The church plant that went from hotel conference room to owning their own church and property with no debt in 8 months

Even the most informed Texas citizen could be excused for not having heard of Legacy Baptist Church. That's because it's brand new.

Legacy started as a "church plant" in January when it began meeting in a local hotel conference room in Texarkana, Texas.

But the church quickly needed more room and negotiated to share church facilities with the congregation of an established local church.

Today, less than eight months later, Legacy Baptist Church is the proud owner of its own church building with approximately 130 to 150 weekly attendance — and the church is 100% debt-free.

So how did a church that began meeting in a conference room of a local hotel in January come to own a church with more than 3 acres in property and have no debt?

Donnie Edwards, Pastor of Legacy Baptist Church, has the answer: He says it's all part of God's plan.

Pastor Donnie

Donnie Edwards exudes sincerity and is only 46. But he has the youthful vigor of someone 15 or 20 years younger.

Maybe it's the excitement and bold optimism that made him a popular pastor in Paris, Texas where he served for many years before deciding to move back to the Texarkana area a few months ago.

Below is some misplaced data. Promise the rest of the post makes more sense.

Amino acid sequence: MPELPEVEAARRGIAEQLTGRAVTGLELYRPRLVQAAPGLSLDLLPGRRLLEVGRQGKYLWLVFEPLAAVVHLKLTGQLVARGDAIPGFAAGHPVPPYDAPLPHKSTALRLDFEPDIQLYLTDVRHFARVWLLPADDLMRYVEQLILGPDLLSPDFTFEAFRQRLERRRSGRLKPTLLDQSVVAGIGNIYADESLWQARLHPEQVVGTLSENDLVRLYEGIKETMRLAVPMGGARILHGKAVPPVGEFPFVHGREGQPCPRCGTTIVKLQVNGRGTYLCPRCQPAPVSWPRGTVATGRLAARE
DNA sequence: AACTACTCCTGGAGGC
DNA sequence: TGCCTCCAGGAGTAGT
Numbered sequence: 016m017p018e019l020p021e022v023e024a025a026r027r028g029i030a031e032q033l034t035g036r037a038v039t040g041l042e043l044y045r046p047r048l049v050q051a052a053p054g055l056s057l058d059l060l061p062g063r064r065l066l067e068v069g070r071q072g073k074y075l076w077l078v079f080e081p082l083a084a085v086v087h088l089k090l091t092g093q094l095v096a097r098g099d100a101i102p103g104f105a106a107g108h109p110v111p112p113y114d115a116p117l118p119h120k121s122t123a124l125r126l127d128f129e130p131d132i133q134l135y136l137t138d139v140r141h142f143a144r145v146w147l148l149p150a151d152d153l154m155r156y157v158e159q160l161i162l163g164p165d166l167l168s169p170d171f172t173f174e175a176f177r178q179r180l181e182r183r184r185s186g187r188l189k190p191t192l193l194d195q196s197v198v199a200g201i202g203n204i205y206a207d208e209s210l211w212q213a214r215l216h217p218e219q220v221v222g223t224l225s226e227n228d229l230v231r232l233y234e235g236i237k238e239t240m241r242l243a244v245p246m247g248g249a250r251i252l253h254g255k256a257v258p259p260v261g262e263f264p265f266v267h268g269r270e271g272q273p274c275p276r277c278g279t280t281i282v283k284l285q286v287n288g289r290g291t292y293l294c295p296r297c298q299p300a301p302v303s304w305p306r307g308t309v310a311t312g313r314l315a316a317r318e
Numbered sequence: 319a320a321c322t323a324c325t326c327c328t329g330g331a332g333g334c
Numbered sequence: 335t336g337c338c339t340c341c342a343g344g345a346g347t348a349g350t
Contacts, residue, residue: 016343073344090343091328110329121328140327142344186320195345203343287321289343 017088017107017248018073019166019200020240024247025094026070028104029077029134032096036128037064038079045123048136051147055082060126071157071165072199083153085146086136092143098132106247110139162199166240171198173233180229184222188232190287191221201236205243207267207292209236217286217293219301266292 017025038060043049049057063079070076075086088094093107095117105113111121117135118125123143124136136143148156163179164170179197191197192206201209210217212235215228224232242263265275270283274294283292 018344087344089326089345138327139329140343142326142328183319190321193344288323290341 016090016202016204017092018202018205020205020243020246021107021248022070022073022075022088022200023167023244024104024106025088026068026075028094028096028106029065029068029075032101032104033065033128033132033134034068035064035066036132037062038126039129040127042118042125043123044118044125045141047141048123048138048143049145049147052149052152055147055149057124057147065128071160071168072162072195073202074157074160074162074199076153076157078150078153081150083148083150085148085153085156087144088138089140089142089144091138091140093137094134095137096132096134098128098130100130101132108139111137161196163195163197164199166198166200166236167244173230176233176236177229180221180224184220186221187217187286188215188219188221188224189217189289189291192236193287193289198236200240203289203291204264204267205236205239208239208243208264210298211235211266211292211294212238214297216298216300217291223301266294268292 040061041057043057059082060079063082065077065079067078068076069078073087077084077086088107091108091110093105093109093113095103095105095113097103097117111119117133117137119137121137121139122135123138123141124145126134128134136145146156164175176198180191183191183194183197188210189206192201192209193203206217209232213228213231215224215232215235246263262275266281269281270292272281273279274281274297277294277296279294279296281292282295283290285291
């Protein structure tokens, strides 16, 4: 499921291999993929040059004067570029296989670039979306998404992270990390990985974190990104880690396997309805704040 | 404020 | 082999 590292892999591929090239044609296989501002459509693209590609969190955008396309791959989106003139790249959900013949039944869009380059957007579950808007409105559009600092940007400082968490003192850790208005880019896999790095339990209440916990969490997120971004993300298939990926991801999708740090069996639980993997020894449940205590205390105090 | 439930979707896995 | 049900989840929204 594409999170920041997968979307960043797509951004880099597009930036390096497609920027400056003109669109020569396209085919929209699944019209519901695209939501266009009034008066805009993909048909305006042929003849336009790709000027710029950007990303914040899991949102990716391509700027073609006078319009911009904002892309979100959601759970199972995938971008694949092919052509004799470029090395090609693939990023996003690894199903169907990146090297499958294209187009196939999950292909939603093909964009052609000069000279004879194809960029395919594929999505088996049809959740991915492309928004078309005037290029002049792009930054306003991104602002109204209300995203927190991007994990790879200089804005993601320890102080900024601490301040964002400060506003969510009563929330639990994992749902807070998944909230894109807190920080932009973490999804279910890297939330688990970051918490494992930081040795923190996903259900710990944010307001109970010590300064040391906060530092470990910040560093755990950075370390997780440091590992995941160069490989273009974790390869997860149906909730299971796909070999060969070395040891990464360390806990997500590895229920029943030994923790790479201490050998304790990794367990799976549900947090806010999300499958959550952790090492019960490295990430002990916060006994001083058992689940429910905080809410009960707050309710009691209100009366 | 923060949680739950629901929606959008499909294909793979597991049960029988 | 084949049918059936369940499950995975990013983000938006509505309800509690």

Previously, Edwards was a youth pastor at Richmond Road Baptist Church in Texarkana, Texas for two and a half years, and he also served at First Baptist Chuch Genoa for seven years. Later, he pastored in Mena, Arkansas before moving onto Paris, Texas.

"We have people who follow our ministry from Mena to Paris to Texarkana," Edwards said.

Even though Pastor Donnie is relatively young, he has been in a pastoral role since he was about 16 years old. If you do the math, that's 30 years of ministry.

In Paris, Edwards was the senior pastor of East Paris Baptist Church which broadcast his sermons on 7 radio stations. He was also involved with ongoing missionary efforts in Haiti.

The pastor has high ambitions for Legacy Baptist Church, too. "Our goal is to start adding radio stations and have satellite campuses as well," he said.

The church family and immediate family

Pastor Donnie is excited about his new church home in Texarkana, Arkansas.